Drake family tree rooted in county since 1880

Posted 5/5/20

I’ve found that when doing research, it takes a miracle to find three sites that totally agree on spelling of names and on dates of births and deaths. I do lean strongly towards believing a good copy of a birth or death certificate. I use Findagrave.com often, but it is not perfect. Don’t hold me to exactness. History is often not exact. I do my best.

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Drake family tree rooted in county since 1880

Posted

I’ve found that when doing research, it takes a miracle to find three sites that totally agree on spelling of names and on dates of births and deaths. I do lean strongly towards believing a good copy of a birth or death certificate. I use Findagrave.com often, but it is not perfect. Don’t hold me to exactness. History is often not exact. I do my best.

If you have been in Madison County long, I’ll bet you know some Drakes. You may not be aware that Drakes have been in Madison County at least since 1880. Drakes have married into many families and there are Drake genes spread all around.

Aaron “Bud” Drake (1852-1933) was born in Calcasieu Parish, Louisiana. In the 1870s, he was a cattle drover, pushing herds from Louisiana into Texas. Later he trailed cattle from Rockdale to Kansas. Still later he farmed at Bundic Prairie and finally moved into North Zulch.

Aaron’s wife, Annie (1859-1942), was a Mitchell from the Midway area. When her parents died during the Civil War, her mother’s sister and brother-in-law, Julius and Martha Zulch, took her and her sisters to raise. Annie remembered seeing fields burned by soldiers during the war. Remember the time period and the hardships when I tell you that Annie was 13 when she married Bennett Keefer, with whom she had one son, Maxie Clarence Keefer. Bennett died of injuries suffered while driving a wagon across the Navasota River at Bundic Crossing. He and another man met each other while trying to cross the river at the same time, and neither would wait for the other. Their wheels hung together when they met midstream. They began to fight right there, and the other man stuck a knife into Keefer’s chest, cutting off the tip of his heart. He died nine days later.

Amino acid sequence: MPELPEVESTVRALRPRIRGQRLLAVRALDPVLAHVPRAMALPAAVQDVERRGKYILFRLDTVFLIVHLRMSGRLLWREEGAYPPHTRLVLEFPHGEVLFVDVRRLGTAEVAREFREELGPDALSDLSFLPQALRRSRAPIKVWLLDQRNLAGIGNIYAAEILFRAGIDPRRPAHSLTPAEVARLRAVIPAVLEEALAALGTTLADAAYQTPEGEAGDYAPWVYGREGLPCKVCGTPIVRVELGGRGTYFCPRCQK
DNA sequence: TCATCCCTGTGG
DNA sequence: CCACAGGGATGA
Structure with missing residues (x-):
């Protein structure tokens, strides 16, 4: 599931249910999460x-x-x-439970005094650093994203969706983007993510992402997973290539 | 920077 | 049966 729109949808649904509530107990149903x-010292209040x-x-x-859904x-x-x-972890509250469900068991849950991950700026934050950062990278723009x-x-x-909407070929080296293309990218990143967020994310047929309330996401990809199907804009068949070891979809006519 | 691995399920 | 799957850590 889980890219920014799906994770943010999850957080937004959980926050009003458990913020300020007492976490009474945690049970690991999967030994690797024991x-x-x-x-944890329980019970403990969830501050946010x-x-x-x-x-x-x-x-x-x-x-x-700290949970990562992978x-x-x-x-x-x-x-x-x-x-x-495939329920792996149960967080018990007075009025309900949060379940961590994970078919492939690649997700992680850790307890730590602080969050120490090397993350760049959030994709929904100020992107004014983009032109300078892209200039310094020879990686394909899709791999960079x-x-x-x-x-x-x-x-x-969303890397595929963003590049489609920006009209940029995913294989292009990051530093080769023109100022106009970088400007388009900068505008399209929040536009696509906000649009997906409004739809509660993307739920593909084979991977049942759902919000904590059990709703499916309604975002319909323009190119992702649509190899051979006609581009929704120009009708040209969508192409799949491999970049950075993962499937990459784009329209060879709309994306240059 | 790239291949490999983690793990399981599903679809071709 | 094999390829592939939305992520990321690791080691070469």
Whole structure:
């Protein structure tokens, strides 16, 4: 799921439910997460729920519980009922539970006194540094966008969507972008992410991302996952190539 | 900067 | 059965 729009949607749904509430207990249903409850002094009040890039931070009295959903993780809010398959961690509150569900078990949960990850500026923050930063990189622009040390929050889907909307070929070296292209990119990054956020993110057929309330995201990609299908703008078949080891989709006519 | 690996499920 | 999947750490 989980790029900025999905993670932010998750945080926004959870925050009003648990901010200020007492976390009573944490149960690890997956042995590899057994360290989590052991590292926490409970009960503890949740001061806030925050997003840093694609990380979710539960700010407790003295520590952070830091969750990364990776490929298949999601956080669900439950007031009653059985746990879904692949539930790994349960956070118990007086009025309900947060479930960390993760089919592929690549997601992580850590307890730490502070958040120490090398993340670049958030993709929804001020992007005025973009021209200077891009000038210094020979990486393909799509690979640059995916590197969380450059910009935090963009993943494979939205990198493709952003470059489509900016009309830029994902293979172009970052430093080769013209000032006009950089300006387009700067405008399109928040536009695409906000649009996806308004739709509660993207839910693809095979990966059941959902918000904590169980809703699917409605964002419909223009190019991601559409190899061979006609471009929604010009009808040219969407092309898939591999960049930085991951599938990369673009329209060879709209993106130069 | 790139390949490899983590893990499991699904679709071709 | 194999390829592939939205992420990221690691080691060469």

Two years later, Annie married Aaron “Bud” Drake, and they had nine children. Daughter Mary (1882-1978) married William Donaho. Lemuel (1884-1942) first married Lucia Boney and then Louise Driver May. Pearl (1886-1976) married Grover Donaho. Joseph (1889-1977) wed first Alma Wilson Gustavus and then Alma Husky Kimmey. Sina (1891-1978) married Charles Vaught. Tom (1893-1972) wed Lizzie Mize. Jennie (1895-1968) married Roy Newman. Rubert (1898-1979) married Eula Gustavus. Josie (1902-1969) wed Dan Burney. According to Findagrave.com, all nine of those plus half-brother Maxie are buried at Willowhole Cemetery.

Son Rubert and wife, Eula, lived all of their lives in North Zulch. He worked the pipelines some, trapped, bought and sold hides, and sold fence posts for years. In 1948 he took office as Madison County Commissioner for Precinct 4. He also served on the North Zulch School Board. Eula took great pride in taking care of her family. They raised six children in North Zulch.

One of Rubert’s and Eula’s sons, Curtis Troy Drake, (1930-1951), joined the U.S. Army on Jan. 1, 1950, just two months after his 19th birthday. By summer he was in Korea in the Eighth Cavalry Regiment. Shortly after arriving, he and 190 men of his regiment were cut off from their outfit for three days by enemy troops. They had several skirmishes and walked approximately 100 miles over mountainous terrain before friendly planes spotted them and dropped food and maps. Afterwards, Curtis wrote home, “I’m pretty weak, and I have malaria, but other than that, I’m OK.” On Sept. 7, his parents got word that he had been wounded in action and was in a Japanese hospital. They later learned he had been shot in the leg.